by John T. Kirby
University of Chicago Press, 2000
Paper: 978-0-226-43748-4 | Cloth: 978-0-226-43747-7
Library of Congress Classification PQ4088.K57 2000
Dewey Decimal Classification 850.90091

Precious repositories of ancient wisdom? Musty relics of outmoded culture? Timeless paragons of artistic achievement? Hegemonic tools of intellectual repression? Just what are the classics, anyway, and why do (or should) we still pay so much attention to them? What is the literary canon? What is myth, and how do we use it?

These are some of the questions that gave rise to John Kirby's Secret of the Muses Retold. This new study of works by five twentieth-century Italian writers investigates the abiding influence of the Greek and Roman classics, and their rich legacy in our own day. The result is not only a splendid introduction to contemporary Italian literature, but also a lucid and stimulating meditation on the insights that writers such as Umberto Eco and Italo Calvino have tapped from the wellspring of ancient tradition.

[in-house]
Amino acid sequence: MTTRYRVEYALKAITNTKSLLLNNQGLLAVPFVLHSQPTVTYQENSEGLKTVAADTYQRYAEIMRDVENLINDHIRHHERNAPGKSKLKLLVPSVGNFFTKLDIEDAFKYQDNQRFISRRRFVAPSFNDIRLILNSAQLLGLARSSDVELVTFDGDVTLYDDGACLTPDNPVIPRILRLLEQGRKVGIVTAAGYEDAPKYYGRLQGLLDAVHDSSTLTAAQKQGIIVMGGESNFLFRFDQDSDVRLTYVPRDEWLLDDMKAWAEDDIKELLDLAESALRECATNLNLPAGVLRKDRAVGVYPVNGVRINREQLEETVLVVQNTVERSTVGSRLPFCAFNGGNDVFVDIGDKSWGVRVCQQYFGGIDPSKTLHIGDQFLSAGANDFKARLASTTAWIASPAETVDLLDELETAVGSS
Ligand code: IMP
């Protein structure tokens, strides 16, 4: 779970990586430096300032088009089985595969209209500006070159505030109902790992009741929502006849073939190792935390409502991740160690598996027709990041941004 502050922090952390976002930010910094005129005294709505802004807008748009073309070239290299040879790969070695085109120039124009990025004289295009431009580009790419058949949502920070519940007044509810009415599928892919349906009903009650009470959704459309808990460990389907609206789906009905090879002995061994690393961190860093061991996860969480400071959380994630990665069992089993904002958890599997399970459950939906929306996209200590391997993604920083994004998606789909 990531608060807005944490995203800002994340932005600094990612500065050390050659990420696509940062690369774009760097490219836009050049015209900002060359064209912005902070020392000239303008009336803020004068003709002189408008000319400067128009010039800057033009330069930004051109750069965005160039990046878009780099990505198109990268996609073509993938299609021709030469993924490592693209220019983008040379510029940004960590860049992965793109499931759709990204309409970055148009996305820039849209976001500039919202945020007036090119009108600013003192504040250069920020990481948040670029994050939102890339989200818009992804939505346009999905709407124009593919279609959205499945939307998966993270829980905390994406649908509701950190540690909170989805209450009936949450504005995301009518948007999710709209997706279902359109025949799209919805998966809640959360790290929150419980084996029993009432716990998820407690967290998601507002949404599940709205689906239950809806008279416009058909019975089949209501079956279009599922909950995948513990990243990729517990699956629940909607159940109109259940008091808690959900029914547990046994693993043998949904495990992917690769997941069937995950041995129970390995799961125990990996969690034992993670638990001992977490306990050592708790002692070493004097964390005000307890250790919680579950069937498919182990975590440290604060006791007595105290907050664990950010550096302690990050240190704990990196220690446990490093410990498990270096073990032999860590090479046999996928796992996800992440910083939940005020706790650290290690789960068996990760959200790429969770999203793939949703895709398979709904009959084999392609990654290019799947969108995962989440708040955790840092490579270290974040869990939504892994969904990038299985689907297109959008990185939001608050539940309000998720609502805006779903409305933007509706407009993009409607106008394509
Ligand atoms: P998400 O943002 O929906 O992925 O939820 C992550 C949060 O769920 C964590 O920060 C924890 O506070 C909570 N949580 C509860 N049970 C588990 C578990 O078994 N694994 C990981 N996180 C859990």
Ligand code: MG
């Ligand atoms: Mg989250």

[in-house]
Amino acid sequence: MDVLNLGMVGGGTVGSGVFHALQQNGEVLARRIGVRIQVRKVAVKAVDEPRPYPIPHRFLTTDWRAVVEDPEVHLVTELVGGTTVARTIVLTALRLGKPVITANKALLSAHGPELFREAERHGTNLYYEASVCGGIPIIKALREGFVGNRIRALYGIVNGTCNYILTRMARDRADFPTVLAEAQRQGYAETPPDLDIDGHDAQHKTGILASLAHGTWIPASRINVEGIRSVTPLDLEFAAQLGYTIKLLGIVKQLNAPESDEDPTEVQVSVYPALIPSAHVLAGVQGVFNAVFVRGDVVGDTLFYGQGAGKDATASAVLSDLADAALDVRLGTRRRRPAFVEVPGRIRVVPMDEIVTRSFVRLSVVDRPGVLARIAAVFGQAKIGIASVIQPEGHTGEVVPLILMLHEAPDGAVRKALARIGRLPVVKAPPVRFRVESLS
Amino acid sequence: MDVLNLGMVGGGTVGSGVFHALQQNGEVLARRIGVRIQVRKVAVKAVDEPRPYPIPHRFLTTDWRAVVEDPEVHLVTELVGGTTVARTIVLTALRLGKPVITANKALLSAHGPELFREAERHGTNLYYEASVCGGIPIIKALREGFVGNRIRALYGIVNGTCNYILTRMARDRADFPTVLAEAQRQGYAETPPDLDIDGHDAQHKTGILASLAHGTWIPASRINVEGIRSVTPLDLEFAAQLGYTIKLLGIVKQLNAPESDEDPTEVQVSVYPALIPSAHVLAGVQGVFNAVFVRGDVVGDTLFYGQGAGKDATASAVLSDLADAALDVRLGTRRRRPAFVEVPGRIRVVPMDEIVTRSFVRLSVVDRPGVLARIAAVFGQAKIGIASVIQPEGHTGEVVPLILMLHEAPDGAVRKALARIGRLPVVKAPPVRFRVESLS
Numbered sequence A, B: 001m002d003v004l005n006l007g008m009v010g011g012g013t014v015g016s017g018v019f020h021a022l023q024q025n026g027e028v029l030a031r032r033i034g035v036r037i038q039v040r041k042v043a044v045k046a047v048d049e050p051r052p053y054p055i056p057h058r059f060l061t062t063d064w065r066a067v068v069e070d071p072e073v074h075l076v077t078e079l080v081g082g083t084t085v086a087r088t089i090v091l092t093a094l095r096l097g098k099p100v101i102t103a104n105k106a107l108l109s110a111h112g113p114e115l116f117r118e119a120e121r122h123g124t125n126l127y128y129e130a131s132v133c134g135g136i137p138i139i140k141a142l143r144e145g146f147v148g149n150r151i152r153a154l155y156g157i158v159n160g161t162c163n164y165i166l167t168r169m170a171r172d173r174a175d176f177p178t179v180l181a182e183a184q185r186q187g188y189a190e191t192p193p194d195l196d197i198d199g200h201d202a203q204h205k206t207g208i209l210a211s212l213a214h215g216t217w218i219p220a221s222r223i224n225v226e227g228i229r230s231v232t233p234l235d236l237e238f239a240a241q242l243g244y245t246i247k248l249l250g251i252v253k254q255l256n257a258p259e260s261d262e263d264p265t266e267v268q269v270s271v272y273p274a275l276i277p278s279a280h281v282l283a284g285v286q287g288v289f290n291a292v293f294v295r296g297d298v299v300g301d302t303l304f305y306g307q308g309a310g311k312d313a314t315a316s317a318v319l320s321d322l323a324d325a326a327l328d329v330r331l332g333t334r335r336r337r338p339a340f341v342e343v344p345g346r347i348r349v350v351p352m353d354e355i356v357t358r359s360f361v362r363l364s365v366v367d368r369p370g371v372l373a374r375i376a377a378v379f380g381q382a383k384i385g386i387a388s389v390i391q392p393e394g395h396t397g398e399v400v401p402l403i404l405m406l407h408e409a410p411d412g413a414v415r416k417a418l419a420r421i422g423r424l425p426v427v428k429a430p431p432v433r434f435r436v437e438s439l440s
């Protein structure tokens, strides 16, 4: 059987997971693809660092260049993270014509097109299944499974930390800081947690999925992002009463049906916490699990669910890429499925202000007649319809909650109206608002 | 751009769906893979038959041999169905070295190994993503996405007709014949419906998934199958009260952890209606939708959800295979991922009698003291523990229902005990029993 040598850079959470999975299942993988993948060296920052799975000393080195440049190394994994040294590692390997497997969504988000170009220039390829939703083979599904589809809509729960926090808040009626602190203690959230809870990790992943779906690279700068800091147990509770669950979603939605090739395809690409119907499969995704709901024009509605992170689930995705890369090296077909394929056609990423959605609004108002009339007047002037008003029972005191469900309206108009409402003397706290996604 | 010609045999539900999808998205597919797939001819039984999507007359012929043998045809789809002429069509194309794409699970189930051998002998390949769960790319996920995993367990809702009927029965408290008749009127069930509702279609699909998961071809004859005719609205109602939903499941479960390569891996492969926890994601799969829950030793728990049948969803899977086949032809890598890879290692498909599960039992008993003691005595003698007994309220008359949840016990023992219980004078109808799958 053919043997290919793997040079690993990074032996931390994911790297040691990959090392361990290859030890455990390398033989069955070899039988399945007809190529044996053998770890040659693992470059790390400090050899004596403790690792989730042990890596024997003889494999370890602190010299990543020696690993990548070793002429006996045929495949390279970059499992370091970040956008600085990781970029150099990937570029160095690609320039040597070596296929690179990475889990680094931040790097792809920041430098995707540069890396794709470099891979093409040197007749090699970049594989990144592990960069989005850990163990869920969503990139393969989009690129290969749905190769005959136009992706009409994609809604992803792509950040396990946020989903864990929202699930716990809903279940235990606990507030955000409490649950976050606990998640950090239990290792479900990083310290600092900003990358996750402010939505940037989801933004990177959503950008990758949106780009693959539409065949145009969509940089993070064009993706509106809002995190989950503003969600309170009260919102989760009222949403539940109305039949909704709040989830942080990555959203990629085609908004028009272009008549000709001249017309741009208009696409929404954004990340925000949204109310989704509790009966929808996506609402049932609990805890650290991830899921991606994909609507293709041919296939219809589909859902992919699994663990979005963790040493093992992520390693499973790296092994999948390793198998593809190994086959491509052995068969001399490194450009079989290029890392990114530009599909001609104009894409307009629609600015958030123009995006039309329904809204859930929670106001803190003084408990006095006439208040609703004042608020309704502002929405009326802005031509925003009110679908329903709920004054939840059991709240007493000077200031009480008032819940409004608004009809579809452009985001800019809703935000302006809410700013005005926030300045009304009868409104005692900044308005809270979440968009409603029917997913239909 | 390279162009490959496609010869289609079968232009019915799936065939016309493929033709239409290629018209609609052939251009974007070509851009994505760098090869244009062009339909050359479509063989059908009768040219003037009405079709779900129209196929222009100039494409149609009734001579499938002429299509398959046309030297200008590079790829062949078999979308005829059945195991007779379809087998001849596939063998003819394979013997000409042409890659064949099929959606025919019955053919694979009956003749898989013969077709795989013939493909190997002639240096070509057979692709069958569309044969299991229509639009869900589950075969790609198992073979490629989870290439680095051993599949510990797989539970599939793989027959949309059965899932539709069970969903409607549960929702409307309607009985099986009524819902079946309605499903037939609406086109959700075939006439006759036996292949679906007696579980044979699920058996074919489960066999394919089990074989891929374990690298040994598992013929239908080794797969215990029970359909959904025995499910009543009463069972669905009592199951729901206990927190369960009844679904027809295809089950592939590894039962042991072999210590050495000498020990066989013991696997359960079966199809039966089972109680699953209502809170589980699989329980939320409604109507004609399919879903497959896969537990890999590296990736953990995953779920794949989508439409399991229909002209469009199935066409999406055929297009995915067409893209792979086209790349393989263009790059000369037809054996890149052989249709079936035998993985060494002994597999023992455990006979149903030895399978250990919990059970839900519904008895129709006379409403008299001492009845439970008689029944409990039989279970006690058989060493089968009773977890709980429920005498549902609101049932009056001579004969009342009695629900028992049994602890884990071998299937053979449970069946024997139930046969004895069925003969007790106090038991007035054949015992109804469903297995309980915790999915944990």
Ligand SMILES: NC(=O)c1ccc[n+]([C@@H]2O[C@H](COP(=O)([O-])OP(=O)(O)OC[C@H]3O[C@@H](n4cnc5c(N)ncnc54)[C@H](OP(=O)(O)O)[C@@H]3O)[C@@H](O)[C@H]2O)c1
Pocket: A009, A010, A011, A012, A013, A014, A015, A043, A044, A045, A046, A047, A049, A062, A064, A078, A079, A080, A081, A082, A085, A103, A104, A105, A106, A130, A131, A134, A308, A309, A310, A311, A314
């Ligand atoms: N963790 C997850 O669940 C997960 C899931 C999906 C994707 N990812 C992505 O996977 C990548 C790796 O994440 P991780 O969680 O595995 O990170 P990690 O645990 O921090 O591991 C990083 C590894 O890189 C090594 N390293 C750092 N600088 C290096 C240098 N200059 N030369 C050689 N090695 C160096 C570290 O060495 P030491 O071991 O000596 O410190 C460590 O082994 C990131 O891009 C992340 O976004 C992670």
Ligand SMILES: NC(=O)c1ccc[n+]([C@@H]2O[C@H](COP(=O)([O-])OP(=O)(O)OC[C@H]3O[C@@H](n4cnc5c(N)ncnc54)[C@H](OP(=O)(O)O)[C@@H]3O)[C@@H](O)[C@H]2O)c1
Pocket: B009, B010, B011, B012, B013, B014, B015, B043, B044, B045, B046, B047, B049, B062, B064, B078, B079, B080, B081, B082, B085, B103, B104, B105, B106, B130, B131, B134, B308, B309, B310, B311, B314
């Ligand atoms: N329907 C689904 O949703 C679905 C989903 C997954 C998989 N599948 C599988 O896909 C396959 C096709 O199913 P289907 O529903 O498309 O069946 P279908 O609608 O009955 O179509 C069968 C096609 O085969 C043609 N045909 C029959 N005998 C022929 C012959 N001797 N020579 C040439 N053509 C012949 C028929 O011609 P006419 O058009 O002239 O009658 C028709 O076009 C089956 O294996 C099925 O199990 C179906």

Kirby's book offers an impassioned plea for the recuperation of the humanities in general, and of classical studies in particular. No expertise in Greek, Latin, Italian, or literary theory is presumed, and both traditional and postmodern perspectives are accommodated.